We estimate minimum energy magnetic fields (Bmin) for asample of galaxies with measured gas surface densities, spanning morethan four orders of magnitude in surface density, from normal spirals toluminous starbursts. We show that the ratio of the minimum energymagnetic pressure to the total pressure in the ISM decreasessubstantially with increasing surface density. For the ultraluminousinfrared galaxy Arp 220, this ratio is ~10-4. Therefore, ifthe minimum energy estimate is applicable, magnetic fields in starburstsare dynamically weak compared to gravity, in contrast to normalstar-forming spiral galaxies. We argue, however, that rapid cooling ofrelativistic electrons in starbursts invalidates the minimum energyestimate. We assess a number of independent constraints on the magneticfield strength in starburst galaxies. In particular, we argue that theexistence of the FIR-radio correlation implies that the synchrotroncooling timescale for cosmic-ray electrons is much shorter than theirescape time from the galactic disk; this in turn implies that the truemagnetic field in starbursts is significantly larger thanBmin. The strongest argument against such large fields isthat one might expect starbursts to have steep radio spectra indicativeof strong synchrotron cooling, which is not observed. However, we showthat ionization and bremsstrahlung losses can flatten the nonthermalspectra of starburst galaxies even in the presence of rapid cooling,providing much better agreement with observed spectra. We furtherdemonstrate that ionization and bremsstrahlung losses are likely to beimportant in shaping the radio spectra of most starbursts at GHzfrequencies, thereby preserving the linearity of the FIR-radiocorrelation. We thus conclude that magnetic fields in starbursts aresignificantly larger than Bmin. We highlight severalobservations that can test this conclusion.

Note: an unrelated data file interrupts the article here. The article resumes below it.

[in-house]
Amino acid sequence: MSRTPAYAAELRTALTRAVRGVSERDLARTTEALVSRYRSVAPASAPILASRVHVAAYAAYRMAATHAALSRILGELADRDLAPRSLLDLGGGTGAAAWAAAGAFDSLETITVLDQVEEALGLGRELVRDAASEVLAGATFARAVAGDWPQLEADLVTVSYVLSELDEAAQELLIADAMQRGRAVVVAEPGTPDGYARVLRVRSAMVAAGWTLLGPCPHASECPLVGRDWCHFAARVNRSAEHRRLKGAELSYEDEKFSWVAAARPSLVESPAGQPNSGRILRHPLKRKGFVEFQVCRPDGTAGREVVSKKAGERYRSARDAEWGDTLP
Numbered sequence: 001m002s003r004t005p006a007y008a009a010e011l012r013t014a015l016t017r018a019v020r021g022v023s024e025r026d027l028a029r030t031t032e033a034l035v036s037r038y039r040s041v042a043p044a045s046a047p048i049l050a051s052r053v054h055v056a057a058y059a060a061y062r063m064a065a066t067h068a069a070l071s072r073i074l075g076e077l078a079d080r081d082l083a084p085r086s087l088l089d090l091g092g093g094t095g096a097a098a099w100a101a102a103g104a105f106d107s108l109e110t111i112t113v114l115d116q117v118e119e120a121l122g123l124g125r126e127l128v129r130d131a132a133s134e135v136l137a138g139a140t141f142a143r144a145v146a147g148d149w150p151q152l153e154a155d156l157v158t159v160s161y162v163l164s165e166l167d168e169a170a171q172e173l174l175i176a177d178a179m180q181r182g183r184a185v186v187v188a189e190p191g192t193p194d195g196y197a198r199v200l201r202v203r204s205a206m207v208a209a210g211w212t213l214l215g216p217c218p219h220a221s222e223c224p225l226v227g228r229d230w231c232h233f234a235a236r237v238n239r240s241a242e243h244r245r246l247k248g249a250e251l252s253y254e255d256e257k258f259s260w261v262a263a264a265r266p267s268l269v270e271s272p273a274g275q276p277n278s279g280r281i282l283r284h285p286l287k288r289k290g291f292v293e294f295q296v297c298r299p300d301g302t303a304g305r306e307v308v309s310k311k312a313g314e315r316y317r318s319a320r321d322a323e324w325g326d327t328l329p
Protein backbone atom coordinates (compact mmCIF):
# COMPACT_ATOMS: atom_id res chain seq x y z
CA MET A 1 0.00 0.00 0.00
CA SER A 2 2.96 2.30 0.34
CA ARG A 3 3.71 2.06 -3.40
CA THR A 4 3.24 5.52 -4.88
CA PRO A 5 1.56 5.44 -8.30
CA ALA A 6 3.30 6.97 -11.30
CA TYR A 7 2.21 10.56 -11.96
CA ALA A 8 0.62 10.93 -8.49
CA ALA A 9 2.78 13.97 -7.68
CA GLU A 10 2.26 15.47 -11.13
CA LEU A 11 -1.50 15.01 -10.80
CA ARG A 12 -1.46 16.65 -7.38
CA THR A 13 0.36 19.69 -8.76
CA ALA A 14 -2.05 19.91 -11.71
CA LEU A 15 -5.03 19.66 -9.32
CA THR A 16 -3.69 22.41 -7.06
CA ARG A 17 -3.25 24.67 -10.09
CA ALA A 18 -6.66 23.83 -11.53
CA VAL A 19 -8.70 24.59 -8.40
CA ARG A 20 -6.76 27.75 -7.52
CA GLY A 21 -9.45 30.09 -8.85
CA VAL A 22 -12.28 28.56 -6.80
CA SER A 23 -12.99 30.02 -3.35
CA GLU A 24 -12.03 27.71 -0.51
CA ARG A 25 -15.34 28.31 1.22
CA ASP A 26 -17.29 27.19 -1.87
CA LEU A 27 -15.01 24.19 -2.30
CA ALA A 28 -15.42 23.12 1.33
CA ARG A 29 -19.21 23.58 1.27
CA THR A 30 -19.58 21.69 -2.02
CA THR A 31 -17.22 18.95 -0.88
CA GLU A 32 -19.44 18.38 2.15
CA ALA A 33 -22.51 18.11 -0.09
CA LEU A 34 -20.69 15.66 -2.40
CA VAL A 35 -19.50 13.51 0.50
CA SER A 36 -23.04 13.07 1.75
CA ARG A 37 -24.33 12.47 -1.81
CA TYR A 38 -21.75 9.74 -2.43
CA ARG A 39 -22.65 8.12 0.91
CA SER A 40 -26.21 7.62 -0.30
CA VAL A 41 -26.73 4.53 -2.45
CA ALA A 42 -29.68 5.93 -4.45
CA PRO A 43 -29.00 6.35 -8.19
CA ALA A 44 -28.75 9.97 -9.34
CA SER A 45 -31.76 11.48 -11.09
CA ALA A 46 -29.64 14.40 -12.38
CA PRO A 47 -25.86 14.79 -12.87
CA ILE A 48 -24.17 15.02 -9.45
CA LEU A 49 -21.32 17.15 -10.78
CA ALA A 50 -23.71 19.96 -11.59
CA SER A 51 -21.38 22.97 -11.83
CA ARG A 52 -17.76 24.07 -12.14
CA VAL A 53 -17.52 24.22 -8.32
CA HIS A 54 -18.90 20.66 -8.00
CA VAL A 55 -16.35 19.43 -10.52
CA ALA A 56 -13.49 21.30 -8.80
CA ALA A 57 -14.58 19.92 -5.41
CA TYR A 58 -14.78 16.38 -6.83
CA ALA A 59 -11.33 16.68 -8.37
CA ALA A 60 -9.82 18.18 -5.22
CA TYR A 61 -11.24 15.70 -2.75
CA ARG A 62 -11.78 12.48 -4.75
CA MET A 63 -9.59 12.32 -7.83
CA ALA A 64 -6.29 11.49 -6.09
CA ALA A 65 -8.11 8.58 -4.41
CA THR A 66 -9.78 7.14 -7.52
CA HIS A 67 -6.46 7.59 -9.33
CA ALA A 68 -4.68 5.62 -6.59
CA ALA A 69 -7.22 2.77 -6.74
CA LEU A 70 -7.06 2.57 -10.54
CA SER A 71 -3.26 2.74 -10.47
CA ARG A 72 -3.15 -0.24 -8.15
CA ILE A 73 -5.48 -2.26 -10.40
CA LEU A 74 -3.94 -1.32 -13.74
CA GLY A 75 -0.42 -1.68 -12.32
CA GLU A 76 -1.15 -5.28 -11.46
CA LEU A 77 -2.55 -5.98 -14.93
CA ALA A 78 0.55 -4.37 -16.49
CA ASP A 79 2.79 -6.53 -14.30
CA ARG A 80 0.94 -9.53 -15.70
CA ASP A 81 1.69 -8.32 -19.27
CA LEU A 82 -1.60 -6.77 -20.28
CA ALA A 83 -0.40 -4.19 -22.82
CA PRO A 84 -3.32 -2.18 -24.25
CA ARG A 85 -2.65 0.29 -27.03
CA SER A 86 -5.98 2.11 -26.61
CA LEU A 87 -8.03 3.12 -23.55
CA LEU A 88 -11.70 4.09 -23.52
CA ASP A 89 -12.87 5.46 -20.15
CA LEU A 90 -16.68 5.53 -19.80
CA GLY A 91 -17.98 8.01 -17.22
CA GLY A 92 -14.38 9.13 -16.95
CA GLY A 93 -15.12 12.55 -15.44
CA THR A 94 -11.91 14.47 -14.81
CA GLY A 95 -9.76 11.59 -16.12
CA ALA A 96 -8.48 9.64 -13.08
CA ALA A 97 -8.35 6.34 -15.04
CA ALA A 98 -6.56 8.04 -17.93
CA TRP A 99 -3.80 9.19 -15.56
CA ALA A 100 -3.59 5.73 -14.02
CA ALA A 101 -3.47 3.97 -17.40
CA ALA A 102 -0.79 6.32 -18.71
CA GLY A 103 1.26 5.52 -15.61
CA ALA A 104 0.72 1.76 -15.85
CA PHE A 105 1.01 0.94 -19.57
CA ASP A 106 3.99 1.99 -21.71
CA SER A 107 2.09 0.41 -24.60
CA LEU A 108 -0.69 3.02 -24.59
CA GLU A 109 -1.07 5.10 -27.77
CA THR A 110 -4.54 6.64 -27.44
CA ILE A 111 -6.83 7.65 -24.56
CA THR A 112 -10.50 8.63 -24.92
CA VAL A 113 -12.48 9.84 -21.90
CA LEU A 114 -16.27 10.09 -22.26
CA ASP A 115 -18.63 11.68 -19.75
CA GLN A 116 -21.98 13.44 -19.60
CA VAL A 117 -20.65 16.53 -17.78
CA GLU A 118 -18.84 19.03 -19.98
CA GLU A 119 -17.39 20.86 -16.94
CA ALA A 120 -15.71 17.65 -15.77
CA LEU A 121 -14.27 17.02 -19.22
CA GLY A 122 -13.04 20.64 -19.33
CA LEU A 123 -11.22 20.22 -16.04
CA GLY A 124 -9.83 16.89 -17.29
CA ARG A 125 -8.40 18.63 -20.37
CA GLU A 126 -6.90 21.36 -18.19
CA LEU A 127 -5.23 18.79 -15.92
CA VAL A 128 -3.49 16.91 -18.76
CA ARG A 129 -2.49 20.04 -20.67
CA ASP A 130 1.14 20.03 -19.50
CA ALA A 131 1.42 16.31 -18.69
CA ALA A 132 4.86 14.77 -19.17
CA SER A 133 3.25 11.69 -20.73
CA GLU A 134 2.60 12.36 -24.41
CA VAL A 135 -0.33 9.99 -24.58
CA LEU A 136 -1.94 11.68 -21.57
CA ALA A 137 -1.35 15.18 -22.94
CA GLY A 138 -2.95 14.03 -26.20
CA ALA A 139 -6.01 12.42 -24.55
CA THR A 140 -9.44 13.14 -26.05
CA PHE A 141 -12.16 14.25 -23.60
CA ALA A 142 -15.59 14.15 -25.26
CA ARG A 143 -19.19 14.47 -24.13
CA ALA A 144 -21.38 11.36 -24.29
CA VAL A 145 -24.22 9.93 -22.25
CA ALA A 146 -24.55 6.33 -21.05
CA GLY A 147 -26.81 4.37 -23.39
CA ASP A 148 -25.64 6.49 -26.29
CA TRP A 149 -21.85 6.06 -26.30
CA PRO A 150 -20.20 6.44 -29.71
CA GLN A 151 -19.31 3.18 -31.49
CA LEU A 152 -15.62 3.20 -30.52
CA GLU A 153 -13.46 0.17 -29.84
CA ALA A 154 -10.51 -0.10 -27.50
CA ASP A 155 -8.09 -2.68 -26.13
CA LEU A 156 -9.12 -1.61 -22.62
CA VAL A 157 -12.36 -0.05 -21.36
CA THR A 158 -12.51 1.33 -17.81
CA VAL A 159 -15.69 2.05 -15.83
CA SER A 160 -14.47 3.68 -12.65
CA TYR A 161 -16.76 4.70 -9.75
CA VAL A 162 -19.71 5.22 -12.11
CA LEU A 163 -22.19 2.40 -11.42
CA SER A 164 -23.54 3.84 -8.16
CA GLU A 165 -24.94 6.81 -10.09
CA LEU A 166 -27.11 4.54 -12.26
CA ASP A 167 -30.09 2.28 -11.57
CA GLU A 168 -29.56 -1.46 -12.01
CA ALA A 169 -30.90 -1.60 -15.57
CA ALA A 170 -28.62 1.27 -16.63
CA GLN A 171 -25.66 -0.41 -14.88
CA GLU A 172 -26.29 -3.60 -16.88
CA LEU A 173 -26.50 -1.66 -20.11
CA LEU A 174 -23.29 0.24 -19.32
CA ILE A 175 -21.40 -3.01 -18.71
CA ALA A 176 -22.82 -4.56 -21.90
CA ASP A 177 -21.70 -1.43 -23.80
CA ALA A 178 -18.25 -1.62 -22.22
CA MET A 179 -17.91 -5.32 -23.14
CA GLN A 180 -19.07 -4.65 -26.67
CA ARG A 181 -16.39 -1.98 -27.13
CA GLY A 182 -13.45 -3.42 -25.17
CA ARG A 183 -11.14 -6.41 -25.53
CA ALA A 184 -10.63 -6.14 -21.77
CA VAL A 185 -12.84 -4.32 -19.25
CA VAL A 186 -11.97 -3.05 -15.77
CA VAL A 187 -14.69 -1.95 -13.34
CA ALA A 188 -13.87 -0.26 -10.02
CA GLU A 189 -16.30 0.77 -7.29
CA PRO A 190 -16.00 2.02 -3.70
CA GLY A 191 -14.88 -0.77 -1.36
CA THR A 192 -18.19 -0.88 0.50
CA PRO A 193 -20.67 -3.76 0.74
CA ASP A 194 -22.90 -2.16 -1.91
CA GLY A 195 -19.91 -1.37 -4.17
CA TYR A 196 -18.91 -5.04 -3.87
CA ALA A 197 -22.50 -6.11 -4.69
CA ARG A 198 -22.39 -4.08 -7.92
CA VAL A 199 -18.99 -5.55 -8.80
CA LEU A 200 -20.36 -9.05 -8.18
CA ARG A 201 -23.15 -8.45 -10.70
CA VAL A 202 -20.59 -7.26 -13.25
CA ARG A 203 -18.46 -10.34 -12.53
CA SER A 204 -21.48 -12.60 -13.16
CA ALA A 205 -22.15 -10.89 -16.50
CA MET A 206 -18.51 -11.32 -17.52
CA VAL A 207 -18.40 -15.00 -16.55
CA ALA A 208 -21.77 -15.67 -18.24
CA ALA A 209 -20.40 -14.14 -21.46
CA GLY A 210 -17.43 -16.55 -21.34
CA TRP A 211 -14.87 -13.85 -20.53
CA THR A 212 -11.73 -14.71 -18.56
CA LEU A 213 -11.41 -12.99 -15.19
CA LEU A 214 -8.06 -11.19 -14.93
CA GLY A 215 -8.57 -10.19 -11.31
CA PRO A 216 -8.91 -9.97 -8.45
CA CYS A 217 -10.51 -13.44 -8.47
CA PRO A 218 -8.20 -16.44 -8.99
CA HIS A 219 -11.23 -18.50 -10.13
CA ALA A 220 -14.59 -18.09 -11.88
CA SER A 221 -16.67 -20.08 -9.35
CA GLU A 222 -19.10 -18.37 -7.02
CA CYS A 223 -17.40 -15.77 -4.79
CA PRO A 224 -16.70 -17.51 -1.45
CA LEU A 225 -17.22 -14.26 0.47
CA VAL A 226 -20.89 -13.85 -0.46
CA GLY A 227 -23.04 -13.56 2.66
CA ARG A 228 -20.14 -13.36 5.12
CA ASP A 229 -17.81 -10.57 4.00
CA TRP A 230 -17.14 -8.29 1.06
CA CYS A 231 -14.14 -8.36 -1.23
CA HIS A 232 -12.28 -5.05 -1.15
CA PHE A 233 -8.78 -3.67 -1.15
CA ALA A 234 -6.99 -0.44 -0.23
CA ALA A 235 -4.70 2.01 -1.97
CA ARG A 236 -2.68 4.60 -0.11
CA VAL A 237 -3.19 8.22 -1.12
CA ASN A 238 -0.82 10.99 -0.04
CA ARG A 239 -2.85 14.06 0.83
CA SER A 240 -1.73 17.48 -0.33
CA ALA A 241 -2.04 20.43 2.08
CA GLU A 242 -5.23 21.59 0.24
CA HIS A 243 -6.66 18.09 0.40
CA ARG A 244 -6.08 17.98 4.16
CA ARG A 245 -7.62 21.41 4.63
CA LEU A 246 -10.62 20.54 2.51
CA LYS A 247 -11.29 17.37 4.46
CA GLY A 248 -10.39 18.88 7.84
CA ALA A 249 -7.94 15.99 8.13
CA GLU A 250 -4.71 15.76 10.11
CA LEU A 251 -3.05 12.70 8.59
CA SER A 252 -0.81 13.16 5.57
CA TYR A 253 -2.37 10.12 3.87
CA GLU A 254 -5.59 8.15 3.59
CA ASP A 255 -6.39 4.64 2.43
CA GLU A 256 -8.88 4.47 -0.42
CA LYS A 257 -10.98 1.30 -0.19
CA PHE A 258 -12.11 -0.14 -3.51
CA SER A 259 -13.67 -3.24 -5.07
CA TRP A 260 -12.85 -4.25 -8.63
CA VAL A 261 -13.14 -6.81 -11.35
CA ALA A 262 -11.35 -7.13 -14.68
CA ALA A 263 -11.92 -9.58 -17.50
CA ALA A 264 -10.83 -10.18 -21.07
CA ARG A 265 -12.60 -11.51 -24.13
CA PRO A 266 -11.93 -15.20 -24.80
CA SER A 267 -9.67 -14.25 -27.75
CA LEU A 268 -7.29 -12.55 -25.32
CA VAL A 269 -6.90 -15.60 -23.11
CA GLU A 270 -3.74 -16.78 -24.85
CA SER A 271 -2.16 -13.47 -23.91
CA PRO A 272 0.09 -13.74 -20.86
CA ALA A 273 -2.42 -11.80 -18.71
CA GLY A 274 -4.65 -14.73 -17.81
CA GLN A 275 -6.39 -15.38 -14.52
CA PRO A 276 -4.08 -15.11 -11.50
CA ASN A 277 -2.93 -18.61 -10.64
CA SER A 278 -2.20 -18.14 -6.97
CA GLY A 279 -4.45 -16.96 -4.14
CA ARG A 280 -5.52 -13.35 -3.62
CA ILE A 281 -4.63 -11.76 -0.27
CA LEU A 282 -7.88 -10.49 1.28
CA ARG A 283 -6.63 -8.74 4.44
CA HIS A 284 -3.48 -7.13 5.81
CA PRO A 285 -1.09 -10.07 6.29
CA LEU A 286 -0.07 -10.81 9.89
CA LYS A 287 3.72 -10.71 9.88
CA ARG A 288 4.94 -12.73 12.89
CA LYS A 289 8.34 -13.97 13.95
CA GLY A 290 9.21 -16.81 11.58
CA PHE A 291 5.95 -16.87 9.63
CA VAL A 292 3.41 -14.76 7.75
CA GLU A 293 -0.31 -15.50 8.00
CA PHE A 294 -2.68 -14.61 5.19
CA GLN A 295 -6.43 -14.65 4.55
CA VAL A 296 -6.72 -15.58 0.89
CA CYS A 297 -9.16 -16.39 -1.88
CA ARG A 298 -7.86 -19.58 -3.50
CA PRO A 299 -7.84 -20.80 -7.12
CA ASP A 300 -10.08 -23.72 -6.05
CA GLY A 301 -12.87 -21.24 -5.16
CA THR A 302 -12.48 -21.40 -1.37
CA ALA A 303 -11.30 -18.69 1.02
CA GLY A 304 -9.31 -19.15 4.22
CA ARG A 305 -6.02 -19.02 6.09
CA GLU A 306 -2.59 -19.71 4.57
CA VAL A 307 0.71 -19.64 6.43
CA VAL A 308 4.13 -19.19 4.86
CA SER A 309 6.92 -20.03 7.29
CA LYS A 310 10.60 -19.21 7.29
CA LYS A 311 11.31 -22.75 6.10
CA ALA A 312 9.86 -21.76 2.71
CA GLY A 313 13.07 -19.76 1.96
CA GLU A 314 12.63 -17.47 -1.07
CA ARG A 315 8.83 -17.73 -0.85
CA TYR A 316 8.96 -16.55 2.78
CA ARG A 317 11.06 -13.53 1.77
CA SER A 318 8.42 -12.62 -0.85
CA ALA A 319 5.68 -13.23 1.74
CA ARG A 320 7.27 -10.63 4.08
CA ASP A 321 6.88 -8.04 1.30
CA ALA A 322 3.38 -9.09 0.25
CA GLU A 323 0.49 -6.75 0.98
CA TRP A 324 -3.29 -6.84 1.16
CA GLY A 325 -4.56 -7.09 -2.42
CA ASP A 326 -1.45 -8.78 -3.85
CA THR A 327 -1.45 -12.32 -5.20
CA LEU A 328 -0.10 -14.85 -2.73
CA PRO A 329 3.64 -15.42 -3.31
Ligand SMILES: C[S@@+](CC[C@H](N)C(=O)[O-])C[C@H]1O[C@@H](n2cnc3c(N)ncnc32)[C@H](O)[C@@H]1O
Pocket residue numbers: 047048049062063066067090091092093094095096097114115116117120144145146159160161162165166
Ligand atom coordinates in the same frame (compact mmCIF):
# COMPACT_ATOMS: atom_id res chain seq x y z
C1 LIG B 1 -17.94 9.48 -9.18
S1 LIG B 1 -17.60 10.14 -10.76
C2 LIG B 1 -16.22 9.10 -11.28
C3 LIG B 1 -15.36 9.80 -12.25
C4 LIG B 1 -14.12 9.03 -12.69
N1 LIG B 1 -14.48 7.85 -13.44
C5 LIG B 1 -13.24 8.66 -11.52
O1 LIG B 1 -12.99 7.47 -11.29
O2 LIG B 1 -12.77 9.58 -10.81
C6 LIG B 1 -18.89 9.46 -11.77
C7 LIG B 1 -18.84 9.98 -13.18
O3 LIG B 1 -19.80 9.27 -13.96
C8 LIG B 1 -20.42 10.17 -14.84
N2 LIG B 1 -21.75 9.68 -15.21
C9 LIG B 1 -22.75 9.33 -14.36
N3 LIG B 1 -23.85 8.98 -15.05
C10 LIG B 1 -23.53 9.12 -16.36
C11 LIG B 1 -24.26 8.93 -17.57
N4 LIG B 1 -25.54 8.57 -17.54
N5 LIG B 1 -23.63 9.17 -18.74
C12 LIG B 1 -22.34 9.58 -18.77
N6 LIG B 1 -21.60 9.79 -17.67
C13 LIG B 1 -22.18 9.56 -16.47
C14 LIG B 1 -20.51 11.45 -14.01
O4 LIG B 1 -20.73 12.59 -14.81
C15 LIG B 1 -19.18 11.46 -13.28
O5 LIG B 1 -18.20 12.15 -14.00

Spitzer and JCMT Observations of the Active Galactic Nucleus in the Sombrero Galaxy (NGC 4594)
We present Spitzer 3.6-160 μm images, Spitzer mid-infrared spectra,and JCMT SCUBA 850 μm images of the Sombrero Galaxy (NGC 4594), an Sagalaxy with a 109 Msolar low-luminosity activegalactic nucleus (AGN). The brightest infrared sources in the galaxy arethe nucleus and the dust ring. The spectral energy distribution of theAGN demonstrates that, while the environment around the AGN is aprominent source of mid-infrared emission, it is a relatively weaksource of far-infrared emission, as had been inferred for AGNs inprevious research. The weak nuclear 160 μm emission and thenegligible polycyclic aromatic hydrocarbon emission from the nucleusalso implies that the nucleus is a site of only weak star formationactivity and the nucleus contains relatively little cool interstellargas needed to fuel such activity. We propose that this galaxy may berepresentative of a subset of low-ionization nuclear emission regiongalaxies that are in a quiescent AGN phase because of the lack of gasneeded to fuel circumnuclear star formation and Seyfert-like AGNactivity. Surprisingly, the AGN is the predominant source of 850 μmemission. We examine the possible emission mechanisms that could giverise to the 850 μm emission and find that neither thermal dustemission, CO line emission, bremsstrahlung emission, nor the synchrotronemission observed at radio wavelengths can adequately explain themeasured 850 μm flux density by themselves. The remainingpossibilities for the source of the 850 μm emission include acombination of known emission mechanisms, synchrotron emission that isself-absorbed at wavelengths longer than 850 μm, or unidentifiedspectral lines in the 850 μm band.